with Sergey Novikov, Head, Federal Tariff Service
At the beginning of 2011, then President of the Russian Federation Mr. Medvedev told the BBC that if the rising trend of electricity prices were to continue in Russia, the country’s electricity could become more expensive than in Europe or the USA, as early as 2014. How are you looking at this statement today? Would you agree?
Tariff increases are never a popular matter to discuss and few stakeholders –particularly consumers– support upward price movements. Therefore, it is a standard practice for us to cooperate significantly with regulatory authorities in the USA and Europe to collaborate and compare both price indicators on the market as well as the rules of functioning. In this way, we also take part in –and organize– conferences and seminars to compare regulatory tools and their different ways of implementation. We examine how these tools influence the price indicators on both the retail and wholesale markets.
In the period 2010-2011, we thought that the regional regulatory authorities –i.e. those functioning on the territories of constitutional entities of the Russian Federation, which are part of the regional administrations and independent from the Federal Tariff Service– would be much more careful in adopting investment programs at that time. Rather than their mistake, the discrepancy in expectations was the result of the legislation that was in force back then.
As a result, we experienced a significant increase in tariffs of electricity transmission, which particularly affected the small and medium enterprises. They saw their prices increasing abruptly, by 30 to 50%, urging us to adjust the regulatory framework. On the one hand, we clarified the requirements with regard to investment programs. On the other hand, we also increased the public factor in these decision-making processes.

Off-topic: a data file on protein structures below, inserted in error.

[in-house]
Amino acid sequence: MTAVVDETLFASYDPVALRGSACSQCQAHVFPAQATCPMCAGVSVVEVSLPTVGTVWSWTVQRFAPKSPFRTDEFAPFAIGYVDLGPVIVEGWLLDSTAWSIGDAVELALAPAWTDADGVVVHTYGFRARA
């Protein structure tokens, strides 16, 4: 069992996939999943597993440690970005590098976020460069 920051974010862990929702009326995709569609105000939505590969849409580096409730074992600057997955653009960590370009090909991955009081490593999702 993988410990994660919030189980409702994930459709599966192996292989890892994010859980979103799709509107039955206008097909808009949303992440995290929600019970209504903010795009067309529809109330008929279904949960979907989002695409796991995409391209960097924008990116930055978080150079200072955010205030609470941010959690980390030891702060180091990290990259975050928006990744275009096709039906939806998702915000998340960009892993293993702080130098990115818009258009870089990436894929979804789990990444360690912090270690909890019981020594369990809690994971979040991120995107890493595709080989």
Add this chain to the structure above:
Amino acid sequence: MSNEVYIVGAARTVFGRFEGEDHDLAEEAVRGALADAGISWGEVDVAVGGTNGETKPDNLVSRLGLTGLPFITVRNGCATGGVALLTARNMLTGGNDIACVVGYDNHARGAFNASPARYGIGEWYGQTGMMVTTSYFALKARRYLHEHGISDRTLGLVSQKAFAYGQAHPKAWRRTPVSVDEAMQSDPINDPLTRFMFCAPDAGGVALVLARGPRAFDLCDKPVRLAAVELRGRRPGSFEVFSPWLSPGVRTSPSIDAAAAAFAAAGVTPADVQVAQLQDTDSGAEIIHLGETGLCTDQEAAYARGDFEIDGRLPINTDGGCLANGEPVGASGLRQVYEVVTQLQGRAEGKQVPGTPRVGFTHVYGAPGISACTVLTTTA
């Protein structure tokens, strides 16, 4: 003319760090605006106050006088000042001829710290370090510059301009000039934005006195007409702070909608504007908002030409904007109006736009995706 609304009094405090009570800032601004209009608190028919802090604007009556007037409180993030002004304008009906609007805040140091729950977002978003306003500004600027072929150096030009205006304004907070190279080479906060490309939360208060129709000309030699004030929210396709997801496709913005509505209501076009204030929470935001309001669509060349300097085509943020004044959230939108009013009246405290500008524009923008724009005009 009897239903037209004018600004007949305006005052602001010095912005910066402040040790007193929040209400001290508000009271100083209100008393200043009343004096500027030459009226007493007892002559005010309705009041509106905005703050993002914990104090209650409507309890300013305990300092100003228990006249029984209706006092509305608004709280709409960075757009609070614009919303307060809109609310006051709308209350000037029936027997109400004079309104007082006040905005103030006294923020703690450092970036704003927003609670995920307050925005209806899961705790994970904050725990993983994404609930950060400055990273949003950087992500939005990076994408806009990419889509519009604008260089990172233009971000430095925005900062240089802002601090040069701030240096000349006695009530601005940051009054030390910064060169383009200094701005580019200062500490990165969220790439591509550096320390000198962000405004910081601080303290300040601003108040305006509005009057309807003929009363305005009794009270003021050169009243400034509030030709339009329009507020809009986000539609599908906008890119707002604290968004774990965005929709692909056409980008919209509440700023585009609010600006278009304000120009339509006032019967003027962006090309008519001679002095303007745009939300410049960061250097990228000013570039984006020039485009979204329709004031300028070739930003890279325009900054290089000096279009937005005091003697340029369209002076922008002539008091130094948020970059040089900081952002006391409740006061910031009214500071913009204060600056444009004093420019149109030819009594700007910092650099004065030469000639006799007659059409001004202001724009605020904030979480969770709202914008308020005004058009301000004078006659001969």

The Energy Strategy 2030 has set very ambitious targets with regards to investment plans to modernize Russia’s electricity system in the next 2 decades. How healthy is the current balance between the revenues the different players can make on the market and the money that will be needed for these investments?
The most important aspect is to find a balance between the interests of the investors and the consumers of electricity. The regulatory framework all over the world has changed considerably. As a result, the structure of the sector as well as the tasks of the regulatory authorities has become increasingly complex.
Our tasks are to set the right balance between different interests in the sector. The balance is necessary to support a reliable functioning of the sector, its development, and takes into account the interests of the consumers. These interests are often very different and sometimes even conflicting. Following the different structural changes in the sector, the consumers have now become first time participants in the process, sometimes even as producers or investors themselves.
The new task of finding a balance between these different interests implies that we need to reevaluate our regulatory tools in the broader sense. We need to look at financial resources – that can both come from the market and from the budget– to develop the sector and find this balance.